Here, it’s important to distinguish between normal relationship discussions and controlling behaviour. After all, decisions about finances and childcare are important ones made in the family. However, if your friend appears frightened about how their partner will react if they pursue opportunities, this may indicate controlling behaviour.

Restricted access to their finances

Has your friend mentioned that they don’t have a bank account in their own name? Perhaps they don’t have access to their online banking and feel in the dark about what’s going on in their finances. While it can be easy to write this off as their partner simply being ‘better with money,’ there may be more than meets the eye. When someone does not have their own financial safety net, such as access to a bank account, it can make it far more difficult for them to leave an abusive relationship. If they fear being without a roof over their head or being able to provide for themselves and their children, leaving is hard.

Finances closely monitored by someone else

We’ve all heard ‘Oh, I better hide my shopping bags!’ jokes. But, if your friend seems genuinely concerned about their partner checking their receipts or bank accounts, it may be a red flag. Even if your friend has their own or joint bank account, a partner excessively monitoring their finances can be a way to exert control. They may appear to feel guilty or ashamed. However, the telltale sign to look out for is fear, as this suggests that your friend does not have the upper hand.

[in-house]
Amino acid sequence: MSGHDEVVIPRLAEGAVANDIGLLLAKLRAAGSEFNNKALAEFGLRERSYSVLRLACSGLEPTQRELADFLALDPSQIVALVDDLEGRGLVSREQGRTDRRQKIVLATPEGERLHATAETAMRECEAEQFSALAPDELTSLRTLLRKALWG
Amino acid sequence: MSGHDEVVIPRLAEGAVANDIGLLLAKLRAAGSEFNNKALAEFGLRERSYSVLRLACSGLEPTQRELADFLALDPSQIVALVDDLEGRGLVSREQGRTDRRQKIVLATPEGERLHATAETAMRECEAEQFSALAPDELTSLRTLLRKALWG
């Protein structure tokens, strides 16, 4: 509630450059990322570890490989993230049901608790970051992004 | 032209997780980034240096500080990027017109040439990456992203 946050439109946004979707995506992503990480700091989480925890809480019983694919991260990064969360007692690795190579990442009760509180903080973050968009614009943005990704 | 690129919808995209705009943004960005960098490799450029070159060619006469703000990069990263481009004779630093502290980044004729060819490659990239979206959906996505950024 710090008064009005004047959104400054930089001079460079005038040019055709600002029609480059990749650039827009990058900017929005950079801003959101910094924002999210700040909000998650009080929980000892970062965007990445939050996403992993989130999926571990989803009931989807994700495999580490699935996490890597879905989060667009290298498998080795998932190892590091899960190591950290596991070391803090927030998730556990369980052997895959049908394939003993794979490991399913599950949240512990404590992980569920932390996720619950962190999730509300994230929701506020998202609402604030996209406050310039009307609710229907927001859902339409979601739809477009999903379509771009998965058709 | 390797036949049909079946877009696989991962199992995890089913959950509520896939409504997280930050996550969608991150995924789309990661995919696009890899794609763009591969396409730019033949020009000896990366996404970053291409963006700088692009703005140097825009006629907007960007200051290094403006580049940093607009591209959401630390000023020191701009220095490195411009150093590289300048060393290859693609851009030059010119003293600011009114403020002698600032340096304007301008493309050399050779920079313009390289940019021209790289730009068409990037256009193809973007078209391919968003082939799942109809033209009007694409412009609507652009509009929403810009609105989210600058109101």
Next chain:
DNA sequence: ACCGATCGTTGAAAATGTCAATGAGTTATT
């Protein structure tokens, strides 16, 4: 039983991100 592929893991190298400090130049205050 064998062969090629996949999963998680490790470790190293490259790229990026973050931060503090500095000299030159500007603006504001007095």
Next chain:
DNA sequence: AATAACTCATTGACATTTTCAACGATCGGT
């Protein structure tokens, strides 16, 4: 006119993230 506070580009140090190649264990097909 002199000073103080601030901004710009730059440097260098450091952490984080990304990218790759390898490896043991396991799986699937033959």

Controlling behaviour

Control is a hallmark of all types of abuse, and financial abuse is no exception. Has your friend indicated that their partner monitors their phone calls, social media accounts or email addresses? Do they have to ask for their partner’s permission before socialising with other people? Perhaps you’ve even witnessed their partner making excessive phone calls to check in on them, when you’ve been spending time with your friend? These behaviours can be signs of abuse, whether that’s financial, emotional or physical.

What to do if a friend is experiencing financial abuse

So, what should your next step be if you suspect a friend is experiencing financial abuse? It’s important to tread carefully, so as not to escalate the issue and put anyone including yourself in danger. The best place to start is to ask them if everything is okay, privately. This may begin a conversation about what’s going on. From here, you can let them know that help is available, and with their consent and if it’s safe to do so, you might consider sending them an article about the signs of financial abuse or where to get help.

By pointing them in the right direction and letting them know you are there for them, you can help.